“Yes, this investment in technology has shown up very nicely on a graph but it will not give the boost to industry and to the SMEs that really want to get results out of it,” says Chiatante. “However, there is a second part to the incentive, which is aimed at supporting SMEs and that is the setting up of competency centres. Here, companies like Comau, can work with SMEs, which are the real backbone of industry in Europe and especially Italy. It’s a win-win situation where we can transfer our technologies and know-how to the SMEs and learn what the requirements are and continue developing technologies for specific applications.”


Addressing the skills gap

Whilst collaboration was a recurring theme during the conference so were skills and the issue of upskilling existing staff. During his talk, Christian Warden, head of skills development at the MTC’s Advanced Manufacturing Training Centre (AMTC), said 96,300 engineers need to be upskilled in the next three to five years just to replace those who are leaving the industry. However, for the UK to remain globally competitive that amount will be closer to one million.

“We need to start putting people first rather than investing in technology first. When we do that, individuals will feel empowered and productivity will undoubtedly improve and when that improves it will improve local and global competitiveness. That, in turn, will then directly correlate to bottom-line benefits and will give a genuine business impact that is measurable,” says Warden. He went on to introduce some of the courses available at the MTC to help upskill staff such as additive manufacturing, intelligent automation and advanced CNC activity.

Skills were debated again during the second panel discussion, which saw representatives from Germany, Estonia, Norway, Switzerland, Mexico and the UK, providing an outlook on the impact digital manufacturing is currently having and will have on individuals and society. The perspectives were diverse; on one hand we had Stephen Phipson, chief executive of EEF, an employers’ organisation in the UK working with manufacturing, engineering and technology-based businesses, describing how the UK government plans to boost skills through the recently announced national retraining scheme and, on the other, we had Switzerland, which is built on small family-owned manufacturing SMEs like the watchmakers who consider it their own social responsibility to innovate and invest in new technologies and would never consider approaching the Swiss government for funding.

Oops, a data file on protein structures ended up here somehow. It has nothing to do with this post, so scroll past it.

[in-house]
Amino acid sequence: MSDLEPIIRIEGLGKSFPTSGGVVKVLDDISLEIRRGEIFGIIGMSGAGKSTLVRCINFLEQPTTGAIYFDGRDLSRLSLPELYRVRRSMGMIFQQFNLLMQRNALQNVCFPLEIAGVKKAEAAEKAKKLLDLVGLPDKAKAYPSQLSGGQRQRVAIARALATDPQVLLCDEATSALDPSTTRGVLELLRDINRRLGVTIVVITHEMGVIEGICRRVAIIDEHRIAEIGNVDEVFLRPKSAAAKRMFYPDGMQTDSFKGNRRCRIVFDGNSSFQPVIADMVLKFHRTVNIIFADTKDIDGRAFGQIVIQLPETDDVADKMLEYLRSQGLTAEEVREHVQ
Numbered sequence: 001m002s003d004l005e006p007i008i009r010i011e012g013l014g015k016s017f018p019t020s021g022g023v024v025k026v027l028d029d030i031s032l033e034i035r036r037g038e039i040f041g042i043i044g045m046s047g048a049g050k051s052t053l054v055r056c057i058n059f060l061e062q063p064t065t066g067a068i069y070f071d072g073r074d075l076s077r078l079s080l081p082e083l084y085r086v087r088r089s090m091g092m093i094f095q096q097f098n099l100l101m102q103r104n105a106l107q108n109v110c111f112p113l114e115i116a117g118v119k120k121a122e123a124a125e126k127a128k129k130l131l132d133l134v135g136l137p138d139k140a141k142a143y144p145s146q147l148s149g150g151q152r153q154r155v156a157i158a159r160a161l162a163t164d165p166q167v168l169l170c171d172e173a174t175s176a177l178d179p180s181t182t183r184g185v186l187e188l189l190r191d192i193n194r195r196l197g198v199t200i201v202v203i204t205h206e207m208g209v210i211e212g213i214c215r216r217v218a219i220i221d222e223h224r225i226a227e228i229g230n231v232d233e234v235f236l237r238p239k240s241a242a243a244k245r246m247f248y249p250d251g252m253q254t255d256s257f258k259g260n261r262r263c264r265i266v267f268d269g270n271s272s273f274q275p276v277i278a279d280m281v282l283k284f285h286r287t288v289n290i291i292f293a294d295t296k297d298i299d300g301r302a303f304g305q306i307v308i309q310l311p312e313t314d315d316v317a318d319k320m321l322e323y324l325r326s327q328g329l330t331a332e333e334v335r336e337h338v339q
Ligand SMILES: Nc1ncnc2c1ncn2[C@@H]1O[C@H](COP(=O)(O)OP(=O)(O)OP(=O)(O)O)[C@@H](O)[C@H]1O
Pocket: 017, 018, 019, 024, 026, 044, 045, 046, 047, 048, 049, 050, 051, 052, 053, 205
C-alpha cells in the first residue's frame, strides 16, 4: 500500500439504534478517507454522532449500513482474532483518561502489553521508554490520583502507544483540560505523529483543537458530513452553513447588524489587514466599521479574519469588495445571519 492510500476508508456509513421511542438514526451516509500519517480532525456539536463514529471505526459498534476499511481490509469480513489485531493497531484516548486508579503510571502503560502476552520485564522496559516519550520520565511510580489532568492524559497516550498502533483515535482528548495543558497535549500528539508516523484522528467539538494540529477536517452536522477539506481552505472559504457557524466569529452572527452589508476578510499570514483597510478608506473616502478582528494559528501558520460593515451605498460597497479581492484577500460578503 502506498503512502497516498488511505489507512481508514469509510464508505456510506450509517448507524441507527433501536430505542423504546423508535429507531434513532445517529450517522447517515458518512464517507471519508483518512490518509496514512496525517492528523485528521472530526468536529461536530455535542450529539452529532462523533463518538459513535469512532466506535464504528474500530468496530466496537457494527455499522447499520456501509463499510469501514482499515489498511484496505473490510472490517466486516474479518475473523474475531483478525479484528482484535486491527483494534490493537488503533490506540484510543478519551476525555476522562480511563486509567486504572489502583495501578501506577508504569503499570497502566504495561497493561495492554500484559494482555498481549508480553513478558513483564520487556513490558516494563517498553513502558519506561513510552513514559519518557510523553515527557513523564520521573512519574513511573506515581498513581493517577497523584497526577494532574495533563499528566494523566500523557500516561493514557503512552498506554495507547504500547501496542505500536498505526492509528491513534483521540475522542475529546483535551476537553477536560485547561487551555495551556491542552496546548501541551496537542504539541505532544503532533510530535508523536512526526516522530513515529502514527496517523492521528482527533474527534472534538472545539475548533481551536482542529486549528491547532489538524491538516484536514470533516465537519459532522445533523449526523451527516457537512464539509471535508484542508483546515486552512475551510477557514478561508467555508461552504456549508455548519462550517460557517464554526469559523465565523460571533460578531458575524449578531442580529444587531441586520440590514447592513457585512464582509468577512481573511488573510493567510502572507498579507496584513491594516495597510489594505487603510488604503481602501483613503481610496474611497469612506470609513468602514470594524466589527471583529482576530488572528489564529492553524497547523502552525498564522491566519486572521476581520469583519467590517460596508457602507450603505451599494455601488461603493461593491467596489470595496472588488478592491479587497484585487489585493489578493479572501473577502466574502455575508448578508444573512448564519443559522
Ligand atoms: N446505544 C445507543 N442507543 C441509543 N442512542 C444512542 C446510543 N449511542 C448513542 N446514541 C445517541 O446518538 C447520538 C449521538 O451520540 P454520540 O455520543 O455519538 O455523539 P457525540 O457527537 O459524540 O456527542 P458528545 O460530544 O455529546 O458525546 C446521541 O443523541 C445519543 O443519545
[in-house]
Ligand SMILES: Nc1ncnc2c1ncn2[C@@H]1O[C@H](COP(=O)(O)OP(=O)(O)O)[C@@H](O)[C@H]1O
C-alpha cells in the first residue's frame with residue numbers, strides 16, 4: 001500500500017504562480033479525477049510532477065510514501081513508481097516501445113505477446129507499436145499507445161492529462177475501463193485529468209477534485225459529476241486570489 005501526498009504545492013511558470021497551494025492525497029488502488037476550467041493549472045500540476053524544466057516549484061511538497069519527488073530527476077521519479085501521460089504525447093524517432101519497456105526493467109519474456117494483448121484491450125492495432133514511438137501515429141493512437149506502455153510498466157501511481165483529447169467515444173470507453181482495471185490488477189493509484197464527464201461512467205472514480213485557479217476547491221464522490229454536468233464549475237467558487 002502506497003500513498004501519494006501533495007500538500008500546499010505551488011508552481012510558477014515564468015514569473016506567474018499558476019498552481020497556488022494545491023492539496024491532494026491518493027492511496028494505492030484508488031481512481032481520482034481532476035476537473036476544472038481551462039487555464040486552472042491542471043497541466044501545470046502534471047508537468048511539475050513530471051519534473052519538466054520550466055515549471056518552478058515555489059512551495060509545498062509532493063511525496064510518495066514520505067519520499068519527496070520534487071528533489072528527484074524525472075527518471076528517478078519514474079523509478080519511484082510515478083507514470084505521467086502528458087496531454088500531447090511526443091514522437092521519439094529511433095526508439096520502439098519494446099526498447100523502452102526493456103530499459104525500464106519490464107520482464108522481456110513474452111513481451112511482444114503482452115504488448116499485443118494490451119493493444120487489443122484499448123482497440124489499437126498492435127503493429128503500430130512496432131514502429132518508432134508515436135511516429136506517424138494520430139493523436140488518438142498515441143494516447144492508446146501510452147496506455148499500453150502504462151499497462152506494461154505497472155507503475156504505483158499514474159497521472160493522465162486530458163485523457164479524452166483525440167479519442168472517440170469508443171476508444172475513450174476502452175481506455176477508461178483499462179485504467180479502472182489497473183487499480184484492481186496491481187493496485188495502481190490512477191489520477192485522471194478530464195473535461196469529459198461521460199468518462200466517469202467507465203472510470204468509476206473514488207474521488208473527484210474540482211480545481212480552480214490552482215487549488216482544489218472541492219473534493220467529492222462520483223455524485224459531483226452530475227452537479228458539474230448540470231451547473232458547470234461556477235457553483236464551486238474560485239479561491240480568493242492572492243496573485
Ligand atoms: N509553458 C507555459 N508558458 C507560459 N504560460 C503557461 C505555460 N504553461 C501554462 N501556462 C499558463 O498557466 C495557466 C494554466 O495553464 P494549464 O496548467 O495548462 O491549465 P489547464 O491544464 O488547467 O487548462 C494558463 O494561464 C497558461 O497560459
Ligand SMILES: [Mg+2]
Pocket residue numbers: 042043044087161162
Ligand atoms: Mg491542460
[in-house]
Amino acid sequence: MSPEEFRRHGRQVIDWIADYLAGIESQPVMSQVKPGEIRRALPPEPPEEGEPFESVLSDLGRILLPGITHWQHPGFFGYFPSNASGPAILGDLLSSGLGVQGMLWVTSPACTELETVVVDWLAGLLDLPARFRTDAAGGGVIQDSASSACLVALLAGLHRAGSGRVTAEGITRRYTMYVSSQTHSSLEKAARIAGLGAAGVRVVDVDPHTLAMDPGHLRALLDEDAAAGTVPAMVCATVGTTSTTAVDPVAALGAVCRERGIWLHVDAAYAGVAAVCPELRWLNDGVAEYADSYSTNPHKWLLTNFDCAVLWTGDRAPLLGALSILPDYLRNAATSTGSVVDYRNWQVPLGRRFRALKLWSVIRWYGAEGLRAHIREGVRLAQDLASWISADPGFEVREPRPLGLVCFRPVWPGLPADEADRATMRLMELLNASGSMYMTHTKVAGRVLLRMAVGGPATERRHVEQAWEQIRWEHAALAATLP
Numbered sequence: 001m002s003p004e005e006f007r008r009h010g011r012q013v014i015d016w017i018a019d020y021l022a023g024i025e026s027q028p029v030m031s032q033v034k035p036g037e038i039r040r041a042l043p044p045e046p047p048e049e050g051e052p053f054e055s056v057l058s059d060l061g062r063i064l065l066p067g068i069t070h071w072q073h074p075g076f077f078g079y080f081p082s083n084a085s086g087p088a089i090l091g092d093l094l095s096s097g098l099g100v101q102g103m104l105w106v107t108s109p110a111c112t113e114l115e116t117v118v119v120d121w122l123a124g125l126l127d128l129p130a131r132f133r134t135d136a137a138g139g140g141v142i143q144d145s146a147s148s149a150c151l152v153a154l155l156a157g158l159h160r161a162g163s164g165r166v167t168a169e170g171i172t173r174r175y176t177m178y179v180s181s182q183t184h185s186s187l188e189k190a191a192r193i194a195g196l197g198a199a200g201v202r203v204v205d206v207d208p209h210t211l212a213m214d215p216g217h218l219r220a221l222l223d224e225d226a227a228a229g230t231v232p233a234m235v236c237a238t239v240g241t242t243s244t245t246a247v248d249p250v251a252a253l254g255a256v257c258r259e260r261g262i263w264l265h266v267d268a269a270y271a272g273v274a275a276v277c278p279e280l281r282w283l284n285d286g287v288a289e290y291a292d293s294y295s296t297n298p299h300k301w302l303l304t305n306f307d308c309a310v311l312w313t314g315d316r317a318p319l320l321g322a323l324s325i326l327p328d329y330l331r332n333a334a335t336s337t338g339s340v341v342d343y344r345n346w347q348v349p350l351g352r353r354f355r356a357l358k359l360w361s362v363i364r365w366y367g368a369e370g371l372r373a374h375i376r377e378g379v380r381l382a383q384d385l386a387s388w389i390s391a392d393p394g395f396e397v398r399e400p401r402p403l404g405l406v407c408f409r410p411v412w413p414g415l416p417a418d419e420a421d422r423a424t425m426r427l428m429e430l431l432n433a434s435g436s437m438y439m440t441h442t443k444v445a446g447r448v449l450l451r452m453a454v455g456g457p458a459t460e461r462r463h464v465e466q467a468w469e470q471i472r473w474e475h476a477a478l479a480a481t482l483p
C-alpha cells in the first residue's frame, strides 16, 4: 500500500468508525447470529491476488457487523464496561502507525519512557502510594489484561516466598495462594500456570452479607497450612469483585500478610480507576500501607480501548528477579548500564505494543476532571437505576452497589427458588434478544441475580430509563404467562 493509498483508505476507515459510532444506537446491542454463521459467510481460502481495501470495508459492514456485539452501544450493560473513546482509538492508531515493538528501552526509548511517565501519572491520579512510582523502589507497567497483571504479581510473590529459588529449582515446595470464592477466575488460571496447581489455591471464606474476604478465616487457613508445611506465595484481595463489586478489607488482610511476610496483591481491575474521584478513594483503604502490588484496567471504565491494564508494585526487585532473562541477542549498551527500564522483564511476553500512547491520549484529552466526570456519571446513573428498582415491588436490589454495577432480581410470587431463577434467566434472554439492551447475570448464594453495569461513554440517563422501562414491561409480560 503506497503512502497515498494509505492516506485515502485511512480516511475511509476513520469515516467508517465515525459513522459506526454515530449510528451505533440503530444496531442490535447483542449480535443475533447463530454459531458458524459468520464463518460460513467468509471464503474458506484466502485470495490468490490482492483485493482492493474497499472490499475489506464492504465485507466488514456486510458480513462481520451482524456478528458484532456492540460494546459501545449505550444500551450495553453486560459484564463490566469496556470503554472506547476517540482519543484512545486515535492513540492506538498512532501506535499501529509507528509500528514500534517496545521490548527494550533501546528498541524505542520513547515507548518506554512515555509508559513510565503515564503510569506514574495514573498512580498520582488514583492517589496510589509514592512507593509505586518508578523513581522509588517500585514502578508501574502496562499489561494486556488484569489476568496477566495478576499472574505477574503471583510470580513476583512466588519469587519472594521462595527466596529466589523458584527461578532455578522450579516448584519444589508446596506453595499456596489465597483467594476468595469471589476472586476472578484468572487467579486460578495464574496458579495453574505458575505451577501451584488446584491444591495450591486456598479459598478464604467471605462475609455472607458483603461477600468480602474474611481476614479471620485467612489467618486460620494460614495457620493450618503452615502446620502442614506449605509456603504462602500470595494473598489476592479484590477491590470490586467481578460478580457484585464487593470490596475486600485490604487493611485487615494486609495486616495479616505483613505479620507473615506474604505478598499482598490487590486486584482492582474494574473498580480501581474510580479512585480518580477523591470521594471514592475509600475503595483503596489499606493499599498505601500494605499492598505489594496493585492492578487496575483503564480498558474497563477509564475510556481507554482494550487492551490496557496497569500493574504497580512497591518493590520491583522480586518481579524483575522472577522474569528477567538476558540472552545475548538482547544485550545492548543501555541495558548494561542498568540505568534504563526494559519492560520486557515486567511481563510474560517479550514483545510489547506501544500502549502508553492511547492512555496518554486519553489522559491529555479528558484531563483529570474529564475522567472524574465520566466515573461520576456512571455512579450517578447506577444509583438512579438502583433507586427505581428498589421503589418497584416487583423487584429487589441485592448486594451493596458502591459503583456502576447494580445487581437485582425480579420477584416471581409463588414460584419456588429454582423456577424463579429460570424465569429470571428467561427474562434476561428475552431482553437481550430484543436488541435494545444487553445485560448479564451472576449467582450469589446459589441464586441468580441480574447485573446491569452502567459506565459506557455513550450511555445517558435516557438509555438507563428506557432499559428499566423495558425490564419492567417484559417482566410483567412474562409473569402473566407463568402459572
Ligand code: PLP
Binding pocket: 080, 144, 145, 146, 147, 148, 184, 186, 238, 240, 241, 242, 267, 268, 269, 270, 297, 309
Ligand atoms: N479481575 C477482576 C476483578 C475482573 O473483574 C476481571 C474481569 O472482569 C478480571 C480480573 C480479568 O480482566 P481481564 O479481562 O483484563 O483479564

As Day One drew to a close, Maier provided a few final remarks on the importance of industry driving forward the Fourth Industrial Revolution: “We are increasingly building great ecosystems to collaborate in and so my leaving comment to all of you is to get onboard and also help others who are not already onboard to do so. All those companies in your supply chains, engage with them and encourage them to get onboard and really grow this movement and this optimism that we have for the future of our sector.”


Making digital manufacturing a reality

Whilst Day One was more about leading change and the long term approach, Day Two focused on the practicalities of making digital manufacturing a reality. As Day Two’s chair, Dr. Steven Barr, managing director of Edge Digital, said in his opening address, “Unless we can convince SMEs in particular that there is value to be had we are going to be stuck in the mud and the huge benefits from investing in digital technologies won’t come through as quickly.”

With many businesses asking where to start on their digital journey and what to do now, the keynote speaker Dr. Carlos Lopez-Gomez, head of Policy Links, IfMEducation and Consultancy Services (IfMECS) at the University of Cambridge, spoke about the practical impact of digital manufacturing. Having published a recent report that reveals the evidence-based findings on the potential benefits that can be derived from the adoption of digital technologies, delegates learned that the areas where most companies focus their application of digital technologies are not necessarily the ones that are adding the most value. The takeaway from this keynote was that it’s really important to have a strategy to ensure that businesses derive the most value from implementing digital technologies.